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fishwizzard

Replacing the guides on a factory rod?

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I an old Wiebe-seat mbr 782c that I would like to have the guides replaced on.  The factory ones are pretty clunky and one of them is mismatched.  It’s doesn’t seem to affect anything but I cannot stop starting at it.  

 

My hope is that replacing the factory guides with something smaller and lighter will make the rod feel a bit more lively and balance more tip-up.   

 

How big of a project is this? 

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Not a big deal for an experienced builder.  Since this is, if I'm not mistaken, a pretty special rod, I would not recommend that an inexperienced person try it.  I think you want it done really well.

 

The system I'm using now on my casting rods is the Fuji with the RV 6 mm reverse two foot guide as the first guide, then single foot 5 or 5.5 mm KB's and KT's to the end.  It will cast very well and the guides are small, light, and unobtrusive.  I don't go smaller than 5's on a casting rod to keep open the possibility of using line to leader knots.

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Thanks for the input.  The more I read about it the more I realize that I am not up to doing it myself.   

 

 

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Guides are straight forward to replace, take your time. Replacing the tip top might give you trouble.

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There is a guy local to me that charges like $8 per guide.

 

Allen 

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I build custom rods and do guide replacements 8 dollars is very reasonable. You figure the cost of a guide and time and material to do it right.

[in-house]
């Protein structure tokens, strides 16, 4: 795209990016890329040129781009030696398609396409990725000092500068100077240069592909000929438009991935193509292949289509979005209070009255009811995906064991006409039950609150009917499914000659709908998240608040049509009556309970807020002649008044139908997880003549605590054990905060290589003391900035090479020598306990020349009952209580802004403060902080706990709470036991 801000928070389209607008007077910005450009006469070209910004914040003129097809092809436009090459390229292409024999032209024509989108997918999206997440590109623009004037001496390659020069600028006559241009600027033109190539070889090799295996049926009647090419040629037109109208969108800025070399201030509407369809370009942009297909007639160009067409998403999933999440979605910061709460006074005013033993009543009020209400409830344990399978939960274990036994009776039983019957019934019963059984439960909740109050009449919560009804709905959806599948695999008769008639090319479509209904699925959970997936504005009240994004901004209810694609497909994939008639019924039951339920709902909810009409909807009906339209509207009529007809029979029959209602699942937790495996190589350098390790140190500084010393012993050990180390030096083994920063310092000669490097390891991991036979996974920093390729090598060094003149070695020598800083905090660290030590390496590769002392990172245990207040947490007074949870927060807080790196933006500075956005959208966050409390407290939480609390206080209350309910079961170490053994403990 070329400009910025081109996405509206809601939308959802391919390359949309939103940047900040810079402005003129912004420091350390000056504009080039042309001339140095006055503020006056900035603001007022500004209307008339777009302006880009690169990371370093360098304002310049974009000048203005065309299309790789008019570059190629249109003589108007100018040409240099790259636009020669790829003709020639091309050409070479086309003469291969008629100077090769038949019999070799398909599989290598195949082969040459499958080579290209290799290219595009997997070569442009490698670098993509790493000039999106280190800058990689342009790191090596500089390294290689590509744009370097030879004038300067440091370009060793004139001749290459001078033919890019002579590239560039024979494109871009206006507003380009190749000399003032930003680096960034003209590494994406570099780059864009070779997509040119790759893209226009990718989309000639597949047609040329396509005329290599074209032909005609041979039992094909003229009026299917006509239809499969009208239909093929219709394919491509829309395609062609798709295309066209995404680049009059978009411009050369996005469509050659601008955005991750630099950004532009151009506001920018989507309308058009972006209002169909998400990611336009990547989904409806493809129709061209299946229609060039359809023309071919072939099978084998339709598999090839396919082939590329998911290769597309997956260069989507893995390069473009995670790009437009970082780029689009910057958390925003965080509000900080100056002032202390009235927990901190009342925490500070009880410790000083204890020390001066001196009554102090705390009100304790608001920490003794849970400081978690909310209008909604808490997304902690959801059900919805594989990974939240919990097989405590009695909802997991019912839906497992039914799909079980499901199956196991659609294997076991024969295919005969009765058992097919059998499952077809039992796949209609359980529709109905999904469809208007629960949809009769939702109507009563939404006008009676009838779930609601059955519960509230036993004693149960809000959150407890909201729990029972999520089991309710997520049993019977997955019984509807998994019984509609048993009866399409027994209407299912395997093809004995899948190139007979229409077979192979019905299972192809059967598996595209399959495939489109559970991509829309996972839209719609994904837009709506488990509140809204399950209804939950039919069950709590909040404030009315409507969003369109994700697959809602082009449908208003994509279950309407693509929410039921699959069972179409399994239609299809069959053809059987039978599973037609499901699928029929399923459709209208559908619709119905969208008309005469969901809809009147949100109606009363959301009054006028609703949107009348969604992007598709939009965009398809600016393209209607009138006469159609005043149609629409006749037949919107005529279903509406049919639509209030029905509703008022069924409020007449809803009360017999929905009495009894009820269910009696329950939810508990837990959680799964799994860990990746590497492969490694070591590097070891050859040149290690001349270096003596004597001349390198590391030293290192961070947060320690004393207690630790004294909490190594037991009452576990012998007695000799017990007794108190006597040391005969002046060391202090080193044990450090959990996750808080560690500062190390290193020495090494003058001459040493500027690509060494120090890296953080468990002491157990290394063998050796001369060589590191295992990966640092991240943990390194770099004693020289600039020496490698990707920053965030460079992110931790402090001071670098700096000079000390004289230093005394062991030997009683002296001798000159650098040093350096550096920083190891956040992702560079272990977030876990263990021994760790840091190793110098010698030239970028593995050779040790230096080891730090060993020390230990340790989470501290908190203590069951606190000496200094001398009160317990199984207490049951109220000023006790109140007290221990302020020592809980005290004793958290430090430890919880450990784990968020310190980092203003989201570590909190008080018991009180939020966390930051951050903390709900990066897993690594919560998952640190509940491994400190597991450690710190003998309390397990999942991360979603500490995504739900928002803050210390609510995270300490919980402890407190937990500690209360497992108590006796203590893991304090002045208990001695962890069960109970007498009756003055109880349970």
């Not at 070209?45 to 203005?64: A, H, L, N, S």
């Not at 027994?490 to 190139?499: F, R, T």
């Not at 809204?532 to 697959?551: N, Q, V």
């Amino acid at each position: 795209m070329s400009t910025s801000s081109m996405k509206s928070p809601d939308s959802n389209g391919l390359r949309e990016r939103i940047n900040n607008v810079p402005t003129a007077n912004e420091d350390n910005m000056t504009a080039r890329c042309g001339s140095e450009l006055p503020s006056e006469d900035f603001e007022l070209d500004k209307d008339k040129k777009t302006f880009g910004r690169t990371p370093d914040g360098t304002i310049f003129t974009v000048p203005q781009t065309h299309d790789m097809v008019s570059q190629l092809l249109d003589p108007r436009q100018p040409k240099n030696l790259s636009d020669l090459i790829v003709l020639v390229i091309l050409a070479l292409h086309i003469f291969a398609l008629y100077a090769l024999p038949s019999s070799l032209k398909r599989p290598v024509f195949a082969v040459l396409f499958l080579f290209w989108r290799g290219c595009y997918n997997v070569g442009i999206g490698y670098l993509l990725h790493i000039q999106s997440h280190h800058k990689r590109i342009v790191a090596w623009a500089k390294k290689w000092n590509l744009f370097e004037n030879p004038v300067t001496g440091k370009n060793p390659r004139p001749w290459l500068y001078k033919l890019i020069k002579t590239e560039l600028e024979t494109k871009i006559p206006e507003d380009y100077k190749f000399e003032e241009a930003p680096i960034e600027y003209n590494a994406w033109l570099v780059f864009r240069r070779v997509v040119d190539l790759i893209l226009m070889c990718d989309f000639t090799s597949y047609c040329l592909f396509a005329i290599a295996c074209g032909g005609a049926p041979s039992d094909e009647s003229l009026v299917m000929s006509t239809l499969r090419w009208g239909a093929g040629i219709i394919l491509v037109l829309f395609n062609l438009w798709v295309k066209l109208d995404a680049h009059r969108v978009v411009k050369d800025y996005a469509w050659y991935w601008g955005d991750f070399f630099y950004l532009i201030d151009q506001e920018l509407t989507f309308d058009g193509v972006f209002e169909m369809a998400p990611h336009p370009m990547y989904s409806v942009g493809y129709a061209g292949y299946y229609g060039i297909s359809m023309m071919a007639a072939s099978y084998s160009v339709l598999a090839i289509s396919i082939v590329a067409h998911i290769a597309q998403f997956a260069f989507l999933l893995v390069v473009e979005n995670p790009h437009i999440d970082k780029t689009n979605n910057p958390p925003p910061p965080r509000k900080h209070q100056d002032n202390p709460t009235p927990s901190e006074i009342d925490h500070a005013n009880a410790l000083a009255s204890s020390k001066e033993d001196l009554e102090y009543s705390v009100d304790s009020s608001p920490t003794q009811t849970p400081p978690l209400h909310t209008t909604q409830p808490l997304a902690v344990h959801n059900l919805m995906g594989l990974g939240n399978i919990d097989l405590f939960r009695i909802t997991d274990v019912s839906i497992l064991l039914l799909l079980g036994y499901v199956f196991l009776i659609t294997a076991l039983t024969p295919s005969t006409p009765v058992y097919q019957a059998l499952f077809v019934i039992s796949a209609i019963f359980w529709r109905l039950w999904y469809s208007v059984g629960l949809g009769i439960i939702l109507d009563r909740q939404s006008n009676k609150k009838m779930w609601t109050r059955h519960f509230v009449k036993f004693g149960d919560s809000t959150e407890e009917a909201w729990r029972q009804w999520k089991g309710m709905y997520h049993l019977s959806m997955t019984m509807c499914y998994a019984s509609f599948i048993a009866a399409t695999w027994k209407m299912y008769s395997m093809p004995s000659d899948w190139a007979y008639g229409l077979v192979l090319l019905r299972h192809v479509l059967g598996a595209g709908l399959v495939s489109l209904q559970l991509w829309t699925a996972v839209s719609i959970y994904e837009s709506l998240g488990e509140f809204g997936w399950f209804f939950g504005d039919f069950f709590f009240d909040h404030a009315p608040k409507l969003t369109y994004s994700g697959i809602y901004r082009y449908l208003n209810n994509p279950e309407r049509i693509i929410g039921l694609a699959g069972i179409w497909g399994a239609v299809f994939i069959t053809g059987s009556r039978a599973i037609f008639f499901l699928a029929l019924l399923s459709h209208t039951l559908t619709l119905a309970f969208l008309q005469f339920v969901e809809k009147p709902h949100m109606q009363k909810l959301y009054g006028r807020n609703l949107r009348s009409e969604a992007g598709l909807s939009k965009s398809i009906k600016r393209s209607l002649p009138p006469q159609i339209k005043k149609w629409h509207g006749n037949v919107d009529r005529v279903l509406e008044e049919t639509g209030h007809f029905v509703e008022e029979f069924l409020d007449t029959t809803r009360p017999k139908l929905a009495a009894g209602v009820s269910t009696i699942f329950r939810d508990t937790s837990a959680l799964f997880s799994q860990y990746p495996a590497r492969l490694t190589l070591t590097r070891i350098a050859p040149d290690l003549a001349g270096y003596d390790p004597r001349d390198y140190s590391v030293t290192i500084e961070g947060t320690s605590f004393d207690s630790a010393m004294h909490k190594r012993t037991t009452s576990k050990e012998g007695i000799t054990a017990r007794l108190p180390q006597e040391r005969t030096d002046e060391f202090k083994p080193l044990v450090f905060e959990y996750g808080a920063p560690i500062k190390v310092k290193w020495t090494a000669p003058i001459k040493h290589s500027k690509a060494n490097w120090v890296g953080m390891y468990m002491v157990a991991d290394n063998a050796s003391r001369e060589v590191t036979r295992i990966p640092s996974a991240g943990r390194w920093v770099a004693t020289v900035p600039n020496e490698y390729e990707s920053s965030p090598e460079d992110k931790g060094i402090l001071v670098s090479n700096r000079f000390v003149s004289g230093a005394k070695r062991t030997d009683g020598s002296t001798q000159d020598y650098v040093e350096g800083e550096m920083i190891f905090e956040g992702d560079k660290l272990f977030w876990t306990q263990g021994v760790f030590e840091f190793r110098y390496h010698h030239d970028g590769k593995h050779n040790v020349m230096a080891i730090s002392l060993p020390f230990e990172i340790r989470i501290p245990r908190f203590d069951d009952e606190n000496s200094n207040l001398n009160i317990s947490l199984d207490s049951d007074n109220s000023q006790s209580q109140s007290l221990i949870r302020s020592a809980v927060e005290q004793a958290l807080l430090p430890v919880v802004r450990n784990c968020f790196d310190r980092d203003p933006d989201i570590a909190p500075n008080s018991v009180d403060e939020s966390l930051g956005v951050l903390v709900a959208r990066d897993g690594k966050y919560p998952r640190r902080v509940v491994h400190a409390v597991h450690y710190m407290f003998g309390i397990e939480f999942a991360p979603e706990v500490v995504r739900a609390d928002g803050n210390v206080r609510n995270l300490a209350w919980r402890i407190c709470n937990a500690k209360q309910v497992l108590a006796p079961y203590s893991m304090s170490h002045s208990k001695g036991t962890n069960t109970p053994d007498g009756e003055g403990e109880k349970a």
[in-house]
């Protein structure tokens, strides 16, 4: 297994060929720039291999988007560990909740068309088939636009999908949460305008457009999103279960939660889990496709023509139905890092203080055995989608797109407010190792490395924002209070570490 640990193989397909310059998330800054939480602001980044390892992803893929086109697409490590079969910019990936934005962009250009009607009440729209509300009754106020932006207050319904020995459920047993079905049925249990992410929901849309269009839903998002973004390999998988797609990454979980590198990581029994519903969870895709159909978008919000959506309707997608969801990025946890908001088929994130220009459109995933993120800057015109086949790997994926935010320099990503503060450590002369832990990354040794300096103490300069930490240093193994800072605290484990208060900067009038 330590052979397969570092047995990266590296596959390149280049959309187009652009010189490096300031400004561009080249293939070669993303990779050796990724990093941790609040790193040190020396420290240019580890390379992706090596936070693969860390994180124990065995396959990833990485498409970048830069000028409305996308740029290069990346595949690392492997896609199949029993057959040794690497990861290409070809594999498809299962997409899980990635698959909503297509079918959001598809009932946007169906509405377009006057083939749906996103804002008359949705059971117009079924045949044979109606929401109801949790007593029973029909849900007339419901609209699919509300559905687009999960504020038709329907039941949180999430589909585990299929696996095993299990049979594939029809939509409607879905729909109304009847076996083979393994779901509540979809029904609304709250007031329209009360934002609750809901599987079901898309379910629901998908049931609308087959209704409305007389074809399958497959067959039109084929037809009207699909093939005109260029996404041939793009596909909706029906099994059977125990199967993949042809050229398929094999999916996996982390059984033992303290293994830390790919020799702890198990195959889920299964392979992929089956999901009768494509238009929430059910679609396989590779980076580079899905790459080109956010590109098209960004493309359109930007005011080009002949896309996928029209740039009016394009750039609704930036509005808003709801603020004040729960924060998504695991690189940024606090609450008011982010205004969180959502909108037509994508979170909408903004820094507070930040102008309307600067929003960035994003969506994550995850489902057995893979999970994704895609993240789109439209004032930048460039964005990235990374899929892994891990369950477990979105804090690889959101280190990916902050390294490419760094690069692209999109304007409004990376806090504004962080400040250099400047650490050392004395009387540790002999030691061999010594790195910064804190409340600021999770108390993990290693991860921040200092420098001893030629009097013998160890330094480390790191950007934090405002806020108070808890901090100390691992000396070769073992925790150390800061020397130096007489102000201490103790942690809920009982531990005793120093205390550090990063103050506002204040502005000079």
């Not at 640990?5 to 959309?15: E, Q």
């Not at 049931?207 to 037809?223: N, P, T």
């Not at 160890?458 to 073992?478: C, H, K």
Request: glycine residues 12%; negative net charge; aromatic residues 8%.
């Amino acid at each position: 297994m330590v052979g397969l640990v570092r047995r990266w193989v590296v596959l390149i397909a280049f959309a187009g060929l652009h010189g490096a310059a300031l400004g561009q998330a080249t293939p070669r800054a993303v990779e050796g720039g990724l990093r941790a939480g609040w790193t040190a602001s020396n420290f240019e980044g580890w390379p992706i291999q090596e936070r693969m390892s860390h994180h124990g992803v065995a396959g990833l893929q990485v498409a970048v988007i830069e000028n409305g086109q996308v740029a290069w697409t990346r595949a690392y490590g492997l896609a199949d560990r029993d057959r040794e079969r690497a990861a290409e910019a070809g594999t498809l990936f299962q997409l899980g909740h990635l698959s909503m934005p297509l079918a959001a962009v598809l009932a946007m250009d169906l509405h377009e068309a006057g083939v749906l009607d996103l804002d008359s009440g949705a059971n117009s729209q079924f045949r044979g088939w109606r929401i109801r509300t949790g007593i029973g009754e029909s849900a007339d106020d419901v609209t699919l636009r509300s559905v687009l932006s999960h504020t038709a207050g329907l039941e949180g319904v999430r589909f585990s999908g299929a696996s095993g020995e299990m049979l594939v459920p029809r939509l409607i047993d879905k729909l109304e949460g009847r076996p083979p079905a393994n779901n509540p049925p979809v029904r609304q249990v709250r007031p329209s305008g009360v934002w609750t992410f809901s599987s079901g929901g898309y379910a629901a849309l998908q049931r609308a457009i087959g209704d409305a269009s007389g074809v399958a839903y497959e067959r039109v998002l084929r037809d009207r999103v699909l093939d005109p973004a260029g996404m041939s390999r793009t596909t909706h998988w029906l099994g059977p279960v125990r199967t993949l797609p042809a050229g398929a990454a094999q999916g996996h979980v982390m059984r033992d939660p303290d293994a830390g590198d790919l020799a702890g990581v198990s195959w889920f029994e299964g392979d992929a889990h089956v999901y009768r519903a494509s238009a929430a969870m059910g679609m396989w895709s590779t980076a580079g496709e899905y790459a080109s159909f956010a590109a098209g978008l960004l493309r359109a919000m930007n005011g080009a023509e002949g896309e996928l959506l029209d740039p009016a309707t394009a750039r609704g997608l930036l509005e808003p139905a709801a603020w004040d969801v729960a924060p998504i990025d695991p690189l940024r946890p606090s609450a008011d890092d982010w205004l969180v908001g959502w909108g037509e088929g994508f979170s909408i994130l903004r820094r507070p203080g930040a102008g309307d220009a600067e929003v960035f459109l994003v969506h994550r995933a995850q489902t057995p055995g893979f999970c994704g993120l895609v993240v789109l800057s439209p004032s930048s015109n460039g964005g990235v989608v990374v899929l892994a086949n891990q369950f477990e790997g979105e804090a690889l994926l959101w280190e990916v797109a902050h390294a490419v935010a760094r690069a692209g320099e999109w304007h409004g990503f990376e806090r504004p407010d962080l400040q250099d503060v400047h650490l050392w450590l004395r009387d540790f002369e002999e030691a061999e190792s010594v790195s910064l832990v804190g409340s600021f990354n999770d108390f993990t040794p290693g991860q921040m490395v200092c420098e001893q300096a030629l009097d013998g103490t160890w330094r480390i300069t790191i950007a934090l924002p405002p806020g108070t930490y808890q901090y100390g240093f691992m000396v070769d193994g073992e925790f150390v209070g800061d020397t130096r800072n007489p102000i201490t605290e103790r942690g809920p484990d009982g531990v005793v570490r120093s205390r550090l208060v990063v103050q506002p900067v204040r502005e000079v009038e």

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On 7/10/2019 at 7:41 AM, fishwizzard said:

Thanks for the input.  The more I read about it the more I realize that I am not up to doing it myself.   

 

 

Stick to that position.  That's too nice a rod to screw up.

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I have done this to a number of rods with much lighter guides and the rod is much more crisp in action.  I use Minima guides as they are the lightest on the market.

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Replacing guides is not a big deal. The guide placement and wrapping take some practice. Then comes the finish,  I used to build all my stand up saltwater rods. Had a special jig to wrap the guides and a motor to turn the rod for applying the epoxy and drying.

If you are only doing one rod take to shop to have professionally done , if you plan on doing more then one it is worth the investment.

Check out http://delawarevalleytackle.com/home one the site sponsors

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Don’t mean to jack your post but how big of a deal would it be to replace the reel seat.. I have an old falcon original and I was gonna do the same thing replace the guides but I would also like a little more “modern” reel seat

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6 hours ago, Fishaholic7lbs said:

Don’t mean to jack your post but how big of a deal would it be to replace the reel seat.. I have an old falcon original and I was gonna do the same thing replace the guides but I would also like a little more “modern” reel seat